Help Us Extend a Lifeline to People in Solitary Confinement

All Donations Will Be Doubled for Twice the Impact

by | December 14, 2018

Dear Readers, Supporters, Colleagues, and Friends:

In recent weeks, we’ve written to you about the work we are doing at Solitary Watch to bring an end to the use of long-term solitary confinement in U.S. prisons and jails—a goal that, for the first time, actually seems possible, despite the distance we still have to go.

Today, we want to tell you what we are doing to try to give back just a fraction of what we’ve received from the brave souls who found the strength to reach out and bring us news from inside a secret world of loneliness and abuse. Through our Lifelines to Solitary project, Solitary Watch supplies life-affirming—and sometimes, life-sustaining—human contact and validation to individuals living in extreme isolation.

With personalized letters, newsletters, and holiday cards, we keep in touch with more than 5,000 people in solitary across the country. (This year, our mailings included the first-ever guide to yoga and meditation written by and for people in solitary confinement.) Sometimes, we provide people’s only connection with the outside—and their only proof that they are not forgotten by the world beyond their cells.

Upon receiving our holiday card, one man in solitary in Texas wrote:

“I can’t tell you how touched I am for you giving me any attention. I am so grateful to you and cried tears reading your card because the torture, abuse and neglect I’m facing makes this cell and my world a lonely place, and many days I think of how to take my own life and end the misery and pain but you inspire me and I continue to fight on.’’

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Four years ago, we also launched a powerful new component of Lifelines to Solitary: the first ever prison correspondence program especially for people in solitary confinement. We have matched up faith communities, student groups, and hundreds of dedicated individuals with pen pals in solitary—and learned from people on both sides how profoundly two lives can be changed with a single stamp.

Unlike some other components of our work, the Lifelines to Solitary project receives no grant funding, and is completely supported by individual donations. Only with your help can we continue to carry out our and expand our work: responding to the hundreds of letters we receive every year at Solitary Watch, printing and sending more than 20,000 newsletters each year, recruiting and educating correspondents on the outside and matching them up with people in solitary, providing our mail-forwarding service and ongoing support to correspondents, and bringing messages of hope and healing to thousands of men and women living in isolation.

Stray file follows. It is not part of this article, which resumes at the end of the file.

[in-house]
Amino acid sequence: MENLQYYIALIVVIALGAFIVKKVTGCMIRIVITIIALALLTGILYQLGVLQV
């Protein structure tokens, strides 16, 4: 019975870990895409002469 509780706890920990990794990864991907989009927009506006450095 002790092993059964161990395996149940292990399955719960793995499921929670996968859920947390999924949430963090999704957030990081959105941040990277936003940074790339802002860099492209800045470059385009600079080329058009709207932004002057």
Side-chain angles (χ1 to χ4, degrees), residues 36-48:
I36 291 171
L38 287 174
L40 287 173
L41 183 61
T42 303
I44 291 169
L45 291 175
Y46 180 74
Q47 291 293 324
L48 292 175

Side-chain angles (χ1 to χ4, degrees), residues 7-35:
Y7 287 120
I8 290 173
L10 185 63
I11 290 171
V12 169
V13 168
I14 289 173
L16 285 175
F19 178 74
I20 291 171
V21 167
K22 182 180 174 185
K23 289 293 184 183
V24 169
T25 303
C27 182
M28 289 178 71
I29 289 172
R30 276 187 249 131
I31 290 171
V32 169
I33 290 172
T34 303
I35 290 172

This year, you have the unique opportunity to see your donation doubled, thanks to the News Match program. All donations up to $1,000 will be matched in full if received by December 31. At present, we are behind schedule for meeting our year-end goal of $25,000, which has the potential to be matched with another $25,000—providing all the funding we need to maintain and grow our Lifelines to Solitary program. Please click on the link below to make your donation online, or learn where to send your check.

This holiday season, please remember those who live in a world so dark that a single card or letter may be their only connection to humanity. Please support Lifelines to Solitary. Thank you.

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SW Holiday Card 2018

2018 Solitary Watch Holiday Card

Jean Casella and James Ridgeway

James Ridgeway (1936-2021) was the founder and co-director of Solitary Watch. An investigative journalist for over 60 years, he served as Washington Correspondent for the Village Voice and Mother Jones, reporting domestically on subjects ranging from electoral politics to corporate malfeasance to the rise of the racist far-right, and abroad from Central America, Northern Ireland, Eastern Europe, Haiti, and the former Yugoslavia. Earlier, he wrote for The New Republic and Ramparts, and his work appeared in dozens of other publications. He was the co-director of two films and author of 20 books, including a forthcoming posthumous edition of his groundbreaking 1991 work on the far right, Blood in the Face. Jean Casella is the director of Solitary Watch. She has also published work in The Guardian, The Nation, and Mother Jones, and is co-editor of the book Hell Is a Very Small Place: Voices from Solitary Confinement. She has received a Soros Justice Media Fellowship and an Alicia Patterson Fellowship. She tweets @solitarywatch.

Help Expose the Hidden World of Solitary Confinement

Accurate information and authentic storytelling can serve as powerful antidotes to ignorance and injustice. We have helped generate public awareness, mainstream media attention, and informed policymaking on what was once an invisible domestic human rights crisis.

Only with your support can we continue this groundbreaking work, shining light into the darkest corners of the U.S. criminal punishment system. Donate by December 31st, and your gift will be matched for double the impact.



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